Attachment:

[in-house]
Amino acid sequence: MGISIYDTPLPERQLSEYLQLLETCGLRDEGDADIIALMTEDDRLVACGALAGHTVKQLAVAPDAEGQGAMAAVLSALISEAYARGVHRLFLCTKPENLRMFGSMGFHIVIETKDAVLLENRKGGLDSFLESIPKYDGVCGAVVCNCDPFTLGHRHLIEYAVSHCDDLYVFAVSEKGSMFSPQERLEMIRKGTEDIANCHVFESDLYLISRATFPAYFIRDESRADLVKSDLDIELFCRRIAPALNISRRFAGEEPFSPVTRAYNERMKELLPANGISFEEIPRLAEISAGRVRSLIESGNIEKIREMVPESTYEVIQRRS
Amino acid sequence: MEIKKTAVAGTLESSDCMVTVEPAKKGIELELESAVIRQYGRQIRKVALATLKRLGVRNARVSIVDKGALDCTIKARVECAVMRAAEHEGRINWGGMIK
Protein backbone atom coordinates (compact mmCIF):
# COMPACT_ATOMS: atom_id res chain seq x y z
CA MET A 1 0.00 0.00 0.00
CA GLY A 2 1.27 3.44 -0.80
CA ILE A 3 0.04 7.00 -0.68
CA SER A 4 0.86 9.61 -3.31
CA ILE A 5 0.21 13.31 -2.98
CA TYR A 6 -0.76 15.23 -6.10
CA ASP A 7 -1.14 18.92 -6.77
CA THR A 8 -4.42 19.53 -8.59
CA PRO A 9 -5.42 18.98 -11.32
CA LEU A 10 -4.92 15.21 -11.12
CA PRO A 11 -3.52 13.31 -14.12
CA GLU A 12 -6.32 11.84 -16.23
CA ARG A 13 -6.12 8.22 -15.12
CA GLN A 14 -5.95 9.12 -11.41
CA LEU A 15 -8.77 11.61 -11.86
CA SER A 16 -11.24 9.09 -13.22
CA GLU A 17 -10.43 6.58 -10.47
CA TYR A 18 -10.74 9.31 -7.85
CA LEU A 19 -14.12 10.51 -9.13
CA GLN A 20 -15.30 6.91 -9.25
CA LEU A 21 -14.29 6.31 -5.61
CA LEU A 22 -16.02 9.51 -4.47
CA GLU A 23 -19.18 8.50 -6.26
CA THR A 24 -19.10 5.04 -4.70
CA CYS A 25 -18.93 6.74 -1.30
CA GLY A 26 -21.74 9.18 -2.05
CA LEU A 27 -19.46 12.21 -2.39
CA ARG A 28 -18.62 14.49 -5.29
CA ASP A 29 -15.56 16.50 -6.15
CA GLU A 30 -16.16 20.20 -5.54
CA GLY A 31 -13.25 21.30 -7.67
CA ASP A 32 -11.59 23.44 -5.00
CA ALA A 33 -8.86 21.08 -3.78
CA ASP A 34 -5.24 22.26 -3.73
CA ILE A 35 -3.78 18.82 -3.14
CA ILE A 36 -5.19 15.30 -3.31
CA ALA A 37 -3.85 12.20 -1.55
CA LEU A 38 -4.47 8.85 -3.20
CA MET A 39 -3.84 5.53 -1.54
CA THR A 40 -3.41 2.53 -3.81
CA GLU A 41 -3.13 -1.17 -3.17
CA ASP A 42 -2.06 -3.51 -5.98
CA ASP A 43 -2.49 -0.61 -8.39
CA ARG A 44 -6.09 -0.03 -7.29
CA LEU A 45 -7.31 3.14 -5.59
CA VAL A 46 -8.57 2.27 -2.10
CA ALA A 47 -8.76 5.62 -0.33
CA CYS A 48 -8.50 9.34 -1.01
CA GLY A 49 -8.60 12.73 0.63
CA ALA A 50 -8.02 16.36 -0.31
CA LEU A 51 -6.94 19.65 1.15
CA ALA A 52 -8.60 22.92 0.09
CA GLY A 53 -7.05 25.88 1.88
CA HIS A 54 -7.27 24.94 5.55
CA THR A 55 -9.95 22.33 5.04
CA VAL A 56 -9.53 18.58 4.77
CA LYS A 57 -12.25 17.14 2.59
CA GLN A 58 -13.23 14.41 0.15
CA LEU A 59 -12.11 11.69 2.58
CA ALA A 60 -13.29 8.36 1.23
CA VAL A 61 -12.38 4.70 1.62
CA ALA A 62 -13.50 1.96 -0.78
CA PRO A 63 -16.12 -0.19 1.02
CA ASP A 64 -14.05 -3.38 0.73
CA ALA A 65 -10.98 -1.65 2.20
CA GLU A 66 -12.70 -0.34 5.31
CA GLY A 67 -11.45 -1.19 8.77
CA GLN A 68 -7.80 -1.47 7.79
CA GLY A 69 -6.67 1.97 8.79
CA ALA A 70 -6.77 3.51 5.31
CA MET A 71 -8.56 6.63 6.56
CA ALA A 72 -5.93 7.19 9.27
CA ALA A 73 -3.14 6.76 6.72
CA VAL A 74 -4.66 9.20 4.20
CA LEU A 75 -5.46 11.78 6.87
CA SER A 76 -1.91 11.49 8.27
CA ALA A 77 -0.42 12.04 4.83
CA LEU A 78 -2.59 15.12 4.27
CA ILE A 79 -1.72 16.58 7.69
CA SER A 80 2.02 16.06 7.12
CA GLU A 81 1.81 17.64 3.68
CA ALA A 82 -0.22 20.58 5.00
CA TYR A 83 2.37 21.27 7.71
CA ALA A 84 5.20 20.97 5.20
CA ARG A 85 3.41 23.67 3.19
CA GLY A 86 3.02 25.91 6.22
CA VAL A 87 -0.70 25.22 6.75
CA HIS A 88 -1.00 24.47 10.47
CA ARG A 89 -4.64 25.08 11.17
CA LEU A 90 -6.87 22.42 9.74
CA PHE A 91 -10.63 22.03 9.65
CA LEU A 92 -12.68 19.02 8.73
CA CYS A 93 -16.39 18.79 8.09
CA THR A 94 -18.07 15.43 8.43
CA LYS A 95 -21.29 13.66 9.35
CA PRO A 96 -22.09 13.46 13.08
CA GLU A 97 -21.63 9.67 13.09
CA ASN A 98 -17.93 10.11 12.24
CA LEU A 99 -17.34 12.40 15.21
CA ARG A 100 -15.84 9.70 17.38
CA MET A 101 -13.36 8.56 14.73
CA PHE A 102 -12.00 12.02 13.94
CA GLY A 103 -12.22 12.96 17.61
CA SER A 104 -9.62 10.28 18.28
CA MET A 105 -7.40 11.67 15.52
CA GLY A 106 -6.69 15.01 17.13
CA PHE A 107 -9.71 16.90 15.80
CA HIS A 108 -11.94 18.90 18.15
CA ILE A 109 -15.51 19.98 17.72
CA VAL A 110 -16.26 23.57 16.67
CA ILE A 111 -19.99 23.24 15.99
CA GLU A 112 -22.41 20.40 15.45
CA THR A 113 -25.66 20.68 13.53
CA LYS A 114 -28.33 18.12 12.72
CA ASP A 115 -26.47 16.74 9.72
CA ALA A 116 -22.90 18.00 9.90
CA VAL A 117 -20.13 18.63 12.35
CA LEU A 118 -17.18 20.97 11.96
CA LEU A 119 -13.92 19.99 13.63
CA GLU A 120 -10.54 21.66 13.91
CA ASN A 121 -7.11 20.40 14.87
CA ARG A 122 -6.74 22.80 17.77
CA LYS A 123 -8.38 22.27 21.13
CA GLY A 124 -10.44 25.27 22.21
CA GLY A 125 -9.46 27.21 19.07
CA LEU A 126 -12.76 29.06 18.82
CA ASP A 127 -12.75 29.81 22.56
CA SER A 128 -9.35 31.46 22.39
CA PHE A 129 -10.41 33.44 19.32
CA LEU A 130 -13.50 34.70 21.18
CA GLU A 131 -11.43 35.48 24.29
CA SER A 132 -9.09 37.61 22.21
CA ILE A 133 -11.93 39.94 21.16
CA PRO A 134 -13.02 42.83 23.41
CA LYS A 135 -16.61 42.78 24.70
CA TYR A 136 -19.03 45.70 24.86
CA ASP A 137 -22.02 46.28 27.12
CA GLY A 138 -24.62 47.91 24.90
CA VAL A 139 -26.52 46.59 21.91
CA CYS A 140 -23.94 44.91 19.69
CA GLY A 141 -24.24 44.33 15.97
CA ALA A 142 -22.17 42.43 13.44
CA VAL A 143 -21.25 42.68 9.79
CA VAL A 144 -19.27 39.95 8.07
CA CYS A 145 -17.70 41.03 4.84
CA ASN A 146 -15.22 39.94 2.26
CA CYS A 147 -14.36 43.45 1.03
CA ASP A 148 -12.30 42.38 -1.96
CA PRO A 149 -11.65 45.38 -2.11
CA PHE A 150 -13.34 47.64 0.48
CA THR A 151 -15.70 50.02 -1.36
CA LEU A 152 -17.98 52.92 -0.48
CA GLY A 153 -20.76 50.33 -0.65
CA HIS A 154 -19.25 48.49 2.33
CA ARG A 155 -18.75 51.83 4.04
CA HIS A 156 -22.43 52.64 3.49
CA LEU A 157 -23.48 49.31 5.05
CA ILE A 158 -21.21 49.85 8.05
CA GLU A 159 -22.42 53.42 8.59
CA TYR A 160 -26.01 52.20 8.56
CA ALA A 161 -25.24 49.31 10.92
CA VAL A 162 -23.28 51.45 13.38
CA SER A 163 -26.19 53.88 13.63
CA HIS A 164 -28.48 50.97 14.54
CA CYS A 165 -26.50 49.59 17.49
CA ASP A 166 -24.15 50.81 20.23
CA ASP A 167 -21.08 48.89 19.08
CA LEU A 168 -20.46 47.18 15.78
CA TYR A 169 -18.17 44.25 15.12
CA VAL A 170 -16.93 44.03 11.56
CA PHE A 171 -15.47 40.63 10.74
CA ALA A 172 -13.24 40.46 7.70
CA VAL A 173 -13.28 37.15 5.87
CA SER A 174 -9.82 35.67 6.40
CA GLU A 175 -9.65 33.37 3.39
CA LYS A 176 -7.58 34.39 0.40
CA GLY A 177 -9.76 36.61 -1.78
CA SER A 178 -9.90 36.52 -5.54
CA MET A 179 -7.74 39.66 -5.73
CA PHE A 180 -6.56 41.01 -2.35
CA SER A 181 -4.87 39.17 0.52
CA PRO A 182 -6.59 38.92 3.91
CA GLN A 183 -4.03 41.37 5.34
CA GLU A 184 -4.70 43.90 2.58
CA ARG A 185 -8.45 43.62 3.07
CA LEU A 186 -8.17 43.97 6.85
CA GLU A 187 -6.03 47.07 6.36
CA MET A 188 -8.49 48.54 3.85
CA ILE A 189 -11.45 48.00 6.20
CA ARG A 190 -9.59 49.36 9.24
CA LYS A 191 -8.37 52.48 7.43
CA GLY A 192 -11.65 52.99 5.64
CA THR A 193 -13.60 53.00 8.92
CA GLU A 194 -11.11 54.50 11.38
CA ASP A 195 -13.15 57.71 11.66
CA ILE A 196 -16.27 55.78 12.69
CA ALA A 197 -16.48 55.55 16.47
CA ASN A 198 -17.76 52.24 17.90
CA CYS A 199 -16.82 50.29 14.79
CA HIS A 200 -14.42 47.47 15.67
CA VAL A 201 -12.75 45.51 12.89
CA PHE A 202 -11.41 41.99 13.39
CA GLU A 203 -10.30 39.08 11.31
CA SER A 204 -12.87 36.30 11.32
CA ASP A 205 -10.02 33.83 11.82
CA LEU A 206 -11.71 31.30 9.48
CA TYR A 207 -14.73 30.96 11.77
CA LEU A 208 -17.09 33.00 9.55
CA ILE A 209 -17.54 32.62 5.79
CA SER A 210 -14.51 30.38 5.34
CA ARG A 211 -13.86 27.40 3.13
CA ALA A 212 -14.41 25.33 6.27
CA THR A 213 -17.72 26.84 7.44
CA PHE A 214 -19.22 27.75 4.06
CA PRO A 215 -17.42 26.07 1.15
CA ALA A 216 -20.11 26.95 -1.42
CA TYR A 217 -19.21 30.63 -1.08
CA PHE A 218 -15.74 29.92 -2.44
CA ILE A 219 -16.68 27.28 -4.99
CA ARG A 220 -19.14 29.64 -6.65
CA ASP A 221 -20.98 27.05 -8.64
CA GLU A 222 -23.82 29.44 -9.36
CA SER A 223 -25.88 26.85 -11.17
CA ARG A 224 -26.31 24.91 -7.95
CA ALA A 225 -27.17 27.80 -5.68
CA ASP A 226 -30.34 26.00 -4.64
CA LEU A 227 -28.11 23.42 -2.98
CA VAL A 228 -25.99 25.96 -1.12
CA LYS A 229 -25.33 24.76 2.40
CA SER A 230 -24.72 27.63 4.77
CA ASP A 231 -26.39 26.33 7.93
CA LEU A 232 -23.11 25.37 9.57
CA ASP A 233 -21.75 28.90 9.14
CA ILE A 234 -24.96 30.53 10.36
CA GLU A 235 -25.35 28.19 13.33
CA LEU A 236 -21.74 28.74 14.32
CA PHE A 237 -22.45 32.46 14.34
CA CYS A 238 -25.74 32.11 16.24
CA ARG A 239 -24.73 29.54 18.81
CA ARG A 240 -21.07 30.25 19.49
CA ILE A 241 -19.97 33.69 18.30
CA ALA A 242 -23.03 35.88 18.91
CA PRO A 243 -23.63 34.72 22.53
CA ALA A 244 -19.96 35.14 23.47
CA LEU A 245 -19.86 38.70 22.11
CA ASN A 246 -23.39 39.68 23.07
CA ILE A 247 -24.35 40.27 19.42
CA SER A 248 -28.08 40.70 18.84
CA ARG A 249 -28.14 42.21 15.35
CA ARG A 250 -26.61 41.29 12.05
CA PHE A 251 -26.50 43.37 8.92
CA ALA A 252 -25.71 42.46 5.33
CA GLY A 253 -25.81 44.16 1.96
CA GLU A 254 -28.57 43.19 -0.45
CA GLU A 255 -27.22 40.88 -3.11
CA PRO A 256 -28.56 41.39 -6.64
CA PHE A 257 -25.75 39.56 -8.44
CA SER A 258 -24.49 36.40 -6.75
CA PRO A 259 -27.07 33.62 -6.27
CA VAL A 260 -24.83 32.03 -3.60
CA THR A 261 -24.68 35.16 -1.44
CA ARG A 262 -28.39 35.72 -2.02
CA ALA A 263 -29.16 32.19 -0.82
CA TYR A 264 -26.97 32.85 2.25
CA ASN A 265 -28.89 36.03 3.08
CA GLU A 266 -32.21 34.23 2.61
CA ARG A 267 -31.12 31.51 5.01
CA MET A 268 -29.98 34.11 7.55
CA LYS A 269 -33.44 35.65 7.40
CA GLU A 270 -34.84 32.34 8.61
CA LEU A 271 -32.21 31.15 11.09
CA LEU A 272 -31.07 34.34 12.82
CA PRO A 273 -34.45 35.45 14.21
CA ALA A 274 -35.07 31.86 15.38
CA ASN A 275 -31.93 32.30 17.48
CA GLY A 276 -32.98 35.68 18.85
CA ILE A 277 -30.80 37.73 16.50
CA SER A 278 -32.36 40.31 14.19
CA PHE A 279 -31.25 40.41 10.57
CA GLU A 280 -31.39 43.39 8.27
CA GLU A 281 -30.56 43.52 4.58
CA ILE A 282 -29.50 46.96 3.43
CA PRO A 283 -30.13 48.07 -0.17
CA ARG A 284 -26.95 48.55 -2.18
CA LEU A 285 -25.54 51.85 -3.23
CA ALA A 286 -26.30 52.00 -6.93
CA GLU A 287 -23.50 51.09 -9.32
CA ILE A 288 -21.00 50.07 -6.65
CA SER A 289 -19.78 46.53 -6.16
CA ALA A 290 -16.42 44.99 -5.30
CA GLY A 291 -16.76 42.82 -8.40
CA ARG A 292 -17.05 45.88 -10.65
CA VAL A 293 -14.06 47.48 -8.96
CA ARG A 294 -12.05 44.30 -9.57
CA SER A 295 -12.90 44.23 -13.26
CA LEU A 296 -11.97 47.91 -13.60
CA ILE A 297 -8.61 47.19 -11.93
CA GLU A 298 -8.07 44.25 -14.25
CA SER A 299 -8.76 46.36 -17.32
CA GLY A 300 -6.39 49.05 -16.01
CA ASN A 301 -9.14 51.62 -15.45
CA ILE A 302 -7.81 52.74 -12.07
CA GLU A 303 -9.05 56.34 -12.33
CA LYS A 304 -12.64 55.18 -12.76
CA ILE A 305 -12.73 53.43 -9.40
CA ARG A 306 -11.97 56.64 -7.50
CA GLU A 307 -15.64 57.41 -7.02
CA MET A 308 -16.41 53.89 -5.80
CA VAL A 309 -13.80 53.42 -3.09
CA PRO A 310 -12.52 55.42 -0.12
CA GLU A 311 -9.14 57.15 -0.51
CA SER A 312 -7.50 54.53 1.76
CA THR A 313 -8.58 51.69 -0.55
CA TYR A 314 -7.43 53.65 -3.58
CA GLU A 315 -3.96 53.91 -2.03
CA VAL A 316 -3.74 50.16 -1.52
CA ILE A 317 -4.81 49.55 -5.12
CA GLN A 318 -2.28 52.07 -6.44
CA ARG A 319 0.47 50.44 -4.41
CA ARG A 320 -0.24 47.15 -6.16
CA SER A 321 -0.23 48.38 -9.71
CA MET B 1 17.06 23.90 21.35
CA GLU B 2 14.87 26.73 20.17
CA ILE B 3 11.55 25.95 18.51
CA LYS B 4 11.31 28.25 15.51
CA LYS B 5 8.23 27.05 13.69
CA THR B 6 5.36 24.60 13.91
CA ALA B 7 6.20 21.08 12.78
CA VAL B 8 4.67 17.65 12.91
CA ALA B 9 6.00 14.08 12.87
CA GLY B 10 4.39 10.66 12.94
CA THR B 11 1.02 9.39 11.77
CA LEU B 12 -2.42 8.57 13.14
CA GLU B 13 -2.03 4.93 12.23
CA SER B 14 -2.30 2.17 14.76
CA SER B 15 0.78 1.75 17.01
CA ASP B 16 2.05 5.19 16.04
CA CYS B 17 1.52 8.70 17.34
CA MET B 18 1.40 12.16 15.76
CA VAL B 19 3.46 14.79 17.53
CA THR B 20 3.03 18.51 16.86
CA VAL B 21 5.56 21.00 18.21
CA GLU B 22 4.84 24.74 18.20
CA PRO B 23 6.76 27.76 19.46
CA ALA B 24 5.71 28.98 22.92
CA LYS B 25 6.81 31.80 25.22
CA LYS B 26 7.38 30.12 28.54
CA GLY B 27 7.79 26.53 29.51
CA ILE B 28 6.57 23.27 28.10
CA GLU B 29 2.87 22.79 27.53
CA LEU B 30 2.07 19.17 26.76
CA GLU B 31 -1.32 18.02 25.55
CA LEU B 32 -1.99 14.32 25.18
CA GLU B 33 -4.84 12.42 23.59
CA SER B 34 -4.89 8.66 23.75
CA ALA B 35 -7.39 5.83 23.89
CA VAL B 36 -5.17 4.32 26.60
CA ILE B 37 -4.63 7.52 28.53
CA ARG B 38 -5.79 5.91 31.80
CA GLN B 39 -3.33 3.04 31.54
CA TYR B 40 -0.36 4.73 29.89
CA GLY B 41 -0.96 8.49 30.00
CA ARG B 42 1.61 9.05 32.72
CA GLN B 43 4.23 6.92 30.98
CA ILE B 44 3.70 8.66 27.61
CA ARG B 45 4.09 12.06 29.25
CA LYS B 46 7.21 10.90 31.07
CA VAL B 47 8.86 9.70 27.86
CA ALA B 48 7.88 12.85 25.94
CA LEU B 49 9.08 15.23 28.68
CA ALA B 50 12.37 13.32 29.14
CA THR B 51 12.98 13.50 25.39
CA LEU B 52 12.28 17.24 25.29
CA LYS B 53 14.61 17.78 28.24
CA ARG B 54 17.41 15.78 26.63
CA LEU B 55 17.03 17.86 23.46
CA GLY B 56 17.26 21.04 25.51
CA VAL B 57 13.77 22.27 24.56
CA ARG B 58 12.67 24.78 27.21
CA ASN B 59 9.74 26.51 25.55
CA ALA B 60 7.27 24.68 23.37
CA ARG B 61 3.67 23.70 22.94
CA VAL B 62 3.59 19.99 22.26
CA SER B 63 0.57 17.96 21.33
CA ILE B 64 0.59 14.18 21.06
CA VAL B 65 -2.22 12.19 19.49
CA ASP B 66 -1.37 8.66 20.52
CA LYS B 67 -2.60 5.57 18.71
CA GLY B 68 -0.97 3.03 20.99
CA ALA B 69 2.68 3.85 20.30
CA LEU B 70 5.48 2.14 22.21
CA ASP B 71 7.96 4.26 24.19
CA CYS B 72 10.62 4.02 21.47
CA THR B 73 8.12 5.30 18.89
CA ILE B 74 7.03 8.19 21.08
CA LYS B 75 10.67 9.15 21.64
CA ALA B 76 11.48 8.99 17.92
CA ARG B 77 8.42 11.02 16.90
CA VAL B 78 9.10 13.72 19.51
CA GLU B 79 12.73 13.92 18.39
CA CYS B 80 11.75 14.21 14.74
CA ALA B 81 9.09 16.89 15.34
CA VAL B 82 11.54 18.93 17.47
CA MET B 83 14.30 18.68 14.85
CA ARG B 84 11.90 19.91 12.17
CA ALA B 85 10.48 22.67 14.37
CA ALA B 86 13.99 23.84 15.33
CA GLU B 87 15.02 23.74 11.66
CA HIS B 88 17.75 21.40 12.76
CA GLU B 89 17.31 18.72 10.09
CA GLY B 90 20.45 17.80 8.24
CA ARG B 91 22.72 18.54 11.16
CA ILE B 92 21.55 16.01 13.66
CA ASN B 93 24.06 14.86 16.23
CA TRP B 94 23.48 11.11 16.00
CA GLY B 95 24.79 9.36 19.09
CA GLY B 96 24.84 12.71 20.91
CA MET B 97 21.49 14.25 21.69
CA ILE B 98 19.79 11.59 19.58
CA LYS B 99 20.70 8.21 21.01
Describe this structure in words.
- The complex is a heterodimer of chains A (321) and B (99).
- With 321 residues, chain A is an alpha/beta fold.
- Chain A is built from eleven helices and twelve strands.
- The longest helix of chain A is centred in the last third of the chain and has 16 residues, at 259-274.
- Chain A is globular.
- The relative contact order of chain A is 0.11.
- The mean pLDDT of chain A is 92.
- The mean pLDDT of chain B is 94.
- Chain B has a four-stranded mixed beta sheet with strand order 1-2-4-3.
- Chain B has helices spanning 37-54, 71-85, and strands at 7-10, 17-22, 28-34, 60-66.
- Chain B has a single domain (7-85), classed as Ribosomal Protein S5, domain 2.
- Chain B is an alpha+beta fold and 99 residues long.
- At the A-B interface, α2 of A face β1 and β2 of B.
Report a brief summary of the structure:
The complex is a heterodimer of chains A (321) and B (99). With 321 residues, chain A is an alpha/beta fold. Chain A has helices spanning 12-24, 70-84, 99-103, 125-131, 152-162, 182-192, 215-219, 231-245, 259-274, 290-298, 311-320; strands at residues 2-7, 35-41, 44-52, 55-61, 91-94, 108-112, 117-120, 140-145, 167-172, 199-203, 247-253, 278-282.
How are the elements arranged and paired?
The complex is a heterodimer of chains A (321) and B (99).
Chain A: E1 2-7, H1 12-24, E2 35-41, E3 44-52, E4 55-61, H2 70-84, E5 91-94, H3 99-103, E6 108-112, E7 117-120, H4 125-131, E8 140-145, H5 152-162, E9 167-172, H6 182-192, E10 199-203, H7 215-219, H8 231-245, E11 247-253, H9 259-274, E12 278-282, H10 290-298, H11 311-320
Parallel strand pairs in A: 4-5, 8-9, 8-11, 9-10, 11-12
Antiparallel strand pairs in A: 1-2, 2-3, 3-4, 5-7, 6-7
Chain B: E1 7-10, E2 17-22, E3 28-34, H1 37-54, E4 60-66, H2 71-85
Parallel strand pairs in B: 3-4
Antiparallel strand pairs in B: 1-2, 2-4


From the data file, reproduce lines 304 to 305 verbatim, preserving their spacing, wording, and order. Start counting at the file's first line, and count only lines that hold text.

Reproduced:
CA SER A 299 -8.76 46.36 -17.32
CA GLY A 300 -6.39 49.05 -16.01